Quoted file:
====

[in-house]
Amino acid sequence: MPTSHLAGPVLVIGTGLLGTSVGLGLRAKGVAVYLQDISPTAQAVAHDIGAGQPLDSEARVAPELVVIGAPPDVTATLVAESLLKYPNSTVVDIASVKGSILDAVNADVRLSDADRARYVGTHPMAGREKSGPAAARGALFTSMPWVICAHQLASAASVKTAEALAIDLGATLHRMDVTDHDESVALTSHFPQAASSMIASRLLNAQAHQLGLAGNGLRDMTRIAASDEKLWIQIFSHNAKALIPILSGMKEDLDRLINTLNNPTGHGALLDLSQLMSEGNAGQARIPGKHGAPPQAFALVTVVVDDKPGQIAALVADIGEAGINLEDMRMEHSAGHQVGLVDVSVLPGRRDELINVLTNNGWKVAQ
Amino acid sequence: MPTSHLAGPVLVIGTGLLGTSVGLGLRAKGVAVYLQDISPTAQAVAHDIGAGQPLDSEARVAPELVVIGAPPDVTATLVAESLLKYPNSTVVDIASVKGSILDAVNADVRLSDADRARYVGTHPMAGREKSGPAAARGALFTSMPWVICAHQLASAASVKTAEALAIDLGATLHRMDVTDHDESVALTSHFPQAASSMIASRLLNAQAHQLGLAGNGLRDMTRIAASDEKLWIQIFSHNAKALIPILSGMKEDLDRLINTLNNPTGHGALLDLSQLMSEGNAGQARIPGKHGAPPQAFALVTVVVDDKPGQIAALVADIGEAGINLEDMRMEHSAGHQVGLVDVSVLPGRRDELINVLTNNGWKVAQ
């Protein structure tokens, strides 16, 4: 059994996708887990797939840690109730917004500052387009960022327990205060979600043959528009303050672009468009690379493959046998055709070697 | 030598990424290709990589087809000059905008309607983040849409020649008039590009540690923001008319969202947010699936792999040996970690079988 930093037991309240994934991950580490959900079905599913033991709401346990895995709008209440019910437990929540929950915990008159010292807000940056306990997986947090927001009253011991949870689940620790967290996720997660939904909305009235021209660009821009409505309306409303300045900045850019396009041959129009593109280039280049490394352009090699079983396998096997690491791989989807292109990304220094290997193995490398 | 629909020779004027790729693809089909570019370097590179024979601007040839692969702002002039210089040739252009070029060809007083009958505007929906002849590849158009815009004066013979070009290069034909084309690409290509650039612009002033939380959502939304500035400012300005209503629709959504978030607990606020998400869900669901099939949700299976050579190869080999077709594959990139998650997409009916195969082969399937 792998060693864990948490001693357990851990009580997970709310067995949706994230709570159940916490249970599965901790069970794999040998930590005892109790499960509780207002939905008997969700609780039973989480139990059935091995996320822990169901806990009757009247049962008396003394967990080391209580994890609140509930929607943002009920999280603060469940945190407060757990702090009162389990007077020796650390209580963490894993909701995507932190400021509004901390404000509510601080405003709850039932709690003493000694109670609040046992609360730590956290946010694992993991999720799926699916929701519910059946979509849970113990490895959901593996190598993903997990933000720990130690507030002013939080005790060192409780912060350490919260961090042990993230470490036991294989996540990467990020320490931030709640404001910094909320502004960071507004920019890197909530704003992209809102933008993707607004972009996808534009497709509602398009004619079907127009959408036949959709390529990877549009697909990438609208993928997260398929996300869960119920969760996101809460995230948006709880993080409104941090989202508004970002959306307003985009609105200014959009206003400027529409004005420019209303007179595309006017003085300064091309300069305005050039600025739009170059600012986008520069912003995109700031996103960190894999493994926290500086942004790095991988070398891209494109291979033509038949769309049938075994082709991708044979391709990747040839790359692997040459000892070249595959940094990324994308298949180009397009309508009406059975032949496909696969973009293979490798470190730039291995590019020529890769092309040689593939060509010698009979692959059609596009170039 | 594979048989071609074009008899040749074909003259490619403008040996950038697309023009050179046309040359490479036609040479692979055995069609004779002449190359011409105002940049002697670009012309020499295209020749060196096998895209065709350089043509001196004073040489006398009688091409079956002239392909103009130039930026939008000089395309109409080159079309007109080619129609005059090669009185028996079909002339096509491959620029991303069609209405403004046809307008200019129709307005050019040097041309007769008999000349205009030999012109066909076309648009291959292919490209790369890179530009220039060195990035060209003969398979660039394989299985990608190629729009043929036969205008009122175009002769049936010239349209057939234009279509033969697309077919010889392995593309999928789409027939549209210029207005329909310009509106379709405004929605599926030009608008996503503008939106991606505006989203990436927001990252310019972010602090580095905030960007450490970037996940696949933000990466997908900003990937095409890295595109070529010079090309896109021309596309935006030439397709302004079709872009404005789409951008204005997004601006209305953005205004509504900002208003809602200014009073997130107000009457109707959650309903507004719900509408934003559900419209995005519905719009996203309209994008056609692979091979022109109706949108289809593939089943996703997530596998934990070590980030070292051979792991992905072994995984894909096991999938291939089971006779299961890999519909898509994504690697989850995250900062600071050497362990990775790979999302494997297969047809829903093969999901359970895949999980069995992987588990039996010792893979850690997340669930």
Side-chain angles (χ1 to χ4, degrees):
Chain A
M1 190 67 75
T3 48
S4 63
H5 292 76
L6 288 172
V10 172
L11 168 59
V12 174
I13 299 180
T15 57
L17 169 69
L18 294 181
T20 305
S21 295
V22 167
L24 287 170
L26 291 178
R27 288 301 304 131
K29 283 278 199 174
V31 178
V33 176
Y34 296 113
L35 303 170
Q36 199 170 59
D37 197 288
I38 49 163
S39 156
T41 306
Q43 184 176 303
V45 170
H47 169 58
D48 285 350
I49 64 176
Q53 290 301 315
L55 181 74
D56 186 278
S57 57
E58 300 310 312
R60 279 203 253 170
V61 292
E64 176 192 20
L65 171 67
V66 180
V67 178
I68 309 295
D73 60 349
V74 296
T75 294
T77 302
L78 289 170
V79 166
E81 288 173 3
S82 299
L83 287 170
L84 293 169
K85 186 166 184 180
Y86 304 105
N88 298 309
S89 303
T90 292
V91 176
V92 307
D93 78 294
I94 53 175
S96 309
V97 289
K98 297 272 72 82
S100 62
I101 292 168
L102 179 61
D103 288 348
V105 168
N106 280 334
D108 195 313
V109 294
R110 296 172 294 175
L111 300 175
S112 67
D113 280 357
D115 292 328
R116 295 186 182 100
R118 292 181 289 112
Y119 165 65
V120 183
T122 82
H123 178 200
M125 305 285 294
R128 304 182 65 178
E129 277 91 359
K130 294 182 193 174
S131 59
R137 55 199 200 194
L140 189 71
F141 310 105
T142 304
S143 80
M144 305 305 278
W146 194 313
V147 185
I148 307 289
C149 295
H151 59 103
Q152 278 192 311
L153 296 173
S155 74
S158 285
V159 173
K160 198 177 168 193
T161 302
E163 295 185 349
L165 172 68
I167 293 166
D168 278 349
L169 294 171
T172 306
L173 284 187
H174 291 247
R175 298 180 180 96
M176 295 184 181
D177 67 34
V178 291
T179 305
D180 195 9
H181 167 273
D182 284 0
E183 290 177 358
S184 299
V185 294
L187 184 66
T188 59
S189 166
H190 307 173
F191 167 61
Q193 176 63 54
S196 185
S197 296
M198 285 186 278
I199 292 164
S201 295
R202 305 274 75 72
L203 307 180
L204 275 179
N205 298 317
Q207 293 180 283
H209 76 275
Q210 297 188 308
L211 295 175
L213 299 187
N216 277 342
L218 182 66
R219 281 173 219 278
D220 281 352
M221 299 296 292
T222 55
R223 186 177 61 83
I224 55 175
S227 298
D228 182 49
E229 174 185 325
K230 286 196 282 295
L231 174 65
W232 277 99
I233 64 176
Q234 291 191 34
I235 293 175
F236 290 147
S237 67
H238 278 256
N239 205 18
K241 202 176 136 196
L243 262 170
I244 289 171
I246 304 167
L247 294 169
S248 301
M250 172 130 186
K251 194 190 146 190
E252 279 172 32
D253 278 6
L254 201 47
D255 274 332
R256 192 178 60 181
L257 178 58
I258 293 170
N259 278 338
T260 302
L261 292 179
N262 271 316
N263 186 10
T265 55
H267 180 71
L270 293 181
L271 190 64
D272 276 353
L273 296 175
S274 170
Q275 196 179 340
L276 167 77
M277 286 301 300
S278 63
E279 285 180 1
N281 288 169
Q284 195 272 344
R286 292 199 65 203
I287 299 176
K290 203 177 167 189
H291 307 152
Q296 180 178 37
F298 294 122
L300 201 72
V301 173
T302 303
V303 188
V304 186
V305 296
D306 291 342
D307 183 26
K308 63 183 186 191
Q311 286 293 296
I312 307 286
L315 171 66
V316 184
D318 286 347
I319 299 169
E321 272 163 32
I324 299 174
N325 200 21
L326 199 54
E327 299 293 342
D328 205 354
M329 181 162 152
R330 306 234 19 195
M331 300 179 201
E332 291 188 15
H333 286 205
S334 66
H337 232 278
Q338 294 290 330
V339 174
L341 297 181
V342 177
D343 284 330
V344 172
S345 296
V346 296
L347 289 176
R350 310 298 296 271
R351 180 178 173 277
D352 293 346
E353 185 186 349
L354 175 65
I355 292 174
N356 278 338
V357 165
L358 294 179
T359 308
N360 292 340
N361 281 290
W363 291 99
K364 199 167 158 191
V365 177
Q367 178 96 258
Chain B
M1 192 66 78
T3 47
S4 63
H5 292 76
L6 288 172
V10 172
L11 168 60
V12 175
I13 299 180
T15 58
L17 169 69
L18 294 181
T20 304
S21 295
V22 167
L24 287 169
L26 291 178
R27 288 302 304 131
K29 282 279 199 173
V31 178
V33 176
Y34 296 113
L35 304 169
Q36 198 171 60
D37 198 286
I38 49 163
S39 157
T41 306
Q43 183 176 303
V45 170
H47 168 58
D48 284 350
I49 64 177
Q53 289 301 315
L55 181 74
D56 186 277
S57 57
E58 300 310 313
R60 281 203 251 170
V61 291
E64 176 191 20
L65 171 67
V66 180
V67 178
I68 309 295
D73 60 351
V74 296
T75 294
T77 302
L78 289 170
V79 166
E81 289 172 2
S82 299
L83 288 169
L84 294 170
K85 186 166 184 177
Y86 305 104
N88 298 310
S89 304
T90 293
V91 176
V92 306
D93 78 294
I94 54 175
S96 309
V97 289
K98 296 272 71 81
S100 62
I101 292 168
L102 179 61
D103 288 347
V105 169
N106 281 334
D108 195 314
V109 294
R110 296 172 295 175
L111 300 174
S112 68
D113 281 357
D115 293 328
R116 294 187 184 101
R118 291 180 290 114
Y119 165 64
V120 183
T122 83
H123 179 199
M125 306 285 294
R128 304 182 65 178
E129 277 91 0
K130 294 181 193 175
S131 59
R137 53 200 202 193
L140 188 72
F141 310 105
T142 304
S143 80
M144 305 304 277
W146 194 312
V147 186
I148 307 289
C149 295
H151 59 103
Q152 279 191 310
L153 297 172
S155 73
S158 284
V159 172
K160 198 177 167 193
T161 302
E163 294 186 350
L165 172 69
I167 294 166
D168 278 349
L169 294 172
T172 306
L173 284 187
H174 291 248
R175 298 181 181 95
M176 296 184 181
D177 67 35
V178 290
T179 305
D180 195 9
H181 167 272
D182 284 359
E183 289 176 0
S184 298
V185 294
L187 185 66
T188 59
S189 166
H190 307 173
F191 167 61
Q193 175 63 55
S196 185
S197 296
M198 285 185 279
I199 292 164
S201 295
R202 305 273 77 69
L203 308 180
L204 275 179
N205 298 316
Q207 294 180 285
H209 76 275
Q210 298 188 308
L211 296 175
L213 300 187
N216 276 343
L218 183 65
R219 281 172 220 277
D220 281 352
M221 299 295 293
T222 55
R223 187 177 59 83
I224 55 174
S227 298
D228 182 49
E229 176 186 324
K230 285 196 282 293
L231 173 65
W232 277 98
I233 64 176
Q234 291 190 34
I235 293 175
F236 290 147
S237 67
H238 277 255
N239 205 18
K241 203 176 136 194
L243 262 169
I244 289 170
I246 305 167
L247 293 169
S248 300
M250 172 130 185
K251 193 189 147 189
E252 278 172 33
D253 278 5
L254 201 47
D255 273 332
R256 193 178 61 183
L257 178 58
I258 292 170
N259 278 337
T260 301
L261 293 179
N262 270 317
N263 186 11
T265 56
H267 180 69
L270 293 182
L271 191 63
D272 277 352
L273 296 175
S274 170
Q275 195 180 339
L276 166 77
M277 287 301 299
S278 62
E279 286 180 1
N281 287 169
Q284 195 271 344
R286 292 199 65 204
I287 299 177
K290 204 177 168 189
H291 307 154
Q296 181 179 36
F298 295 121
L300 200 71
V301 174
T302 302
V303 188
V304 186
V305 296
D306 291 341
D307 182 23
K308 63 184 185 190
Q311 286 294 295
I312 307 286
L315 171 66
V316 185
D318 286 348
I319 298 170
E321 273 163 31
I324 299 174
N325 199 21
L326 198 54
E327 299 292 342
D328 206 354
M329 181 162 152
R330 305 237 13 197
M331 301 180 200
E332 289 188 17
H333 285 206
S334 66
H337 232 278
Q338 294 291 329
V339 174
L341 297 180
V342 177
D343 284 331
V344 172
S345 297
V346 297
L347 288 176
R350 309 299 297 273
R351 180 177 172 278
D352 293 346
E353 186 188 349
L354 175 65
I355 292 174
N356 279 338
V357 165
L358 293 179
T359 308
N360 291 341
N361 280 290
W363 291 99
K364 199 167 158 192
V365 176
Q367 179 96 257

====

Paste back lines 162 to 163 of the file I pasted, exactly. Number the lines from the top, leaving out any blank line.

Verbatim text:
I224 55 175
S227 298